14. She had become pregnant unintentionally, believing her partner to be infertile. At the time she was unmarried, unemployed and living in poverty. She had four young children. The youngest was disabled and all children were in foster care as a result of problems she had experienced as an alcoholic. She had a history of depression during her first four pregnancies, and was battling depression at the time of her fifth pregnancy. During the year preceding her fifth pregnancy, she had remained sober and had been in constant contact with social workers with a view to regaining custody of her children. She considered that a further child at that moment of her life (with its attendant risk of post-natal depression and to her sobriety) would jeopardise her health and the successful reunification of her family. She decided to travel to England to have an abortion.
15. Delaying the abortion for three weeks, the first applicant borrowed the minimum amount of money for treatment in a private clinic and travel from a money lender (650 euros, “EUR”) at a high interest rate. She felt she had to travel to England alone and in secrecy, without alerting the social workers and without missing a contact visit with her children.
16. She travelled back to Ireland by plane the day after the abortion for her contact visit with her youngest child. While she had initially submitted that she was afraid to seek medical advice on return to Ireland, she subsequently clarified that, on the train returning from Dublin she began to bleed profusely, and an ambulance met the train. At a nearby hospital she underwent a dilation and curettage. She claims she experienced pain, nausea and bleeding for weeks thereafter but did not seek further medical advice.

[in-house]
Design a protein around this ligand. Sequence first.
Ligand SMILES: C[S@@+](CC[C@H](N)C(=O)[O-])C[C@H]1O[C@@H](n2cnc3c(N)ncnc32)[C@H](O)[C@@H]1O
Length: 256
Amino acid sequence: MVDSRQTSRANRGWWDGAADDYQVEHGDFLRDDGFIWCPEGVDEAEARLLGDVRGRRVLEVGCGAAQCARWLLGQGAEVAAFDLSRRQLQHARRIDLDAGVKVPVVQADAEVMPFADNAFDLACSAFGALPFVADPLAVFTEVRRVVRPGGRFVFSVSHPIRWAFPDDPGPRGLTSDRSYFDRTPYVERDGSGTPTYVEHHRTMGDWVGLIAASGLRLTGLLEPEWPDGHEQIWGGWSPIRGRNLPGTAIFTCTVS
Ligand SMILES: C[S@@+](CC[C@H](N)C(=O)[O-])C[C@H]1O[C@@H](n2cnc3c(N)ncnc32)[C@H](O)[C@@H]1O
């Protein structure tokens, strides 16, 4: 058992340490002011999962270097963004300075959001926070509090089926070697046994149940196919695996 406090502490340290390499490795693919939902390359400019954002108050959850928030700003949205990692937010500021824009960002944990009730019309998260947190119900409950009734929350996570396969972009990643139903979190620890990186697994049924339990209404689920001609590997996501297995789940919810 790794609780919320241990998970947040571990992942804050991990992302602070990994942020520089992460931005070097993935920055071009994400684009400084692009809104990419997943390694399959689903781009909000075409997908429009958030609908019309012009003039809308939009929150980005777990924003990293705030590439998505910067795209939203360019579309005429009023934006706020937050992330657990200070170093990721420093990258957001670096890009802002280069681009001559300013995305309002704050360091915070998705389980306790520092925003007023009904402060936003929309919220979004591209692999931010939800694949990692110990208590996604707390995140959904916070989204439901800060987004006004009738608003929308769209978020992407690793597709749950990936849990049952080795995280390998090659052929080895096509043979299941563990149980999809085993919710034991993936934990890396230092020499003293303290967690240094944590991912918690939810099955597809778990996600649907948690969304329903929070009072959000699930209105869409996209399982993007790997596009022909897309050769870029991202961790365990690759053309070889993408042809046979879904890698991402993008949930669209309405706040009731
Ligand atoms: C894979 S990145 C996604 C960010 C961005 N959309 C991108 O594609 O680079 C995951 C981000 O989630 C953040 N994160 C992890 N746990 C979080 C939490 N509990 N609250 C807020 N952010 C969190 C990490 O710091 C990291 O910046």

17. Following the introduction of the present application, the first applicant became pregnant again and gave birth to her fifth child. She is struggling with depression, has custody of three of her children and two (including the disabled child) remain in care. She maintained that an abortion was the correct decision for her in 2005.
B. The second applicant (B)
18. On 17 January 2005 the second applicant travelled to England for an abortion believing that she was not entitled to an abortion in Ireland. She was 7 weeks pregnant.
19. The second applicant became pregnant unintentionally. She had taken the “morning-after pill” and was advised by two different doctors that there was a substantial risk of an ectopic pregnancy (a condition which cannot be diagnosed until 6-10 weeks of pregnancy). She was certain of her decision to travel to England for an abortion since she could not care for a child on her own at that time of her life. She waited several weeks until the counselling centre in Dublin opened after Christmas. She had difficulty meeting the costs of the travel and, not having a credit card, used a friend’s credit card to book the flights. She accepted that, by the time she travelled to England, it had been confirmed that it was not an ectopic pregnancy.
20. Once in England she did not list anyone as her next of kin or give an Irish address so as to be sure her family would not learn of the abortion. She travelled alone and stayed in London the night before the procedure to avoid missing her appointment as well as the night of the procedure, as she would have arrived back in Dublin too late for public transport and the medication rendered her unfit to drive home from Dublin airport. The clinic advised her to inform Irish doctors that she had had a miscarriage.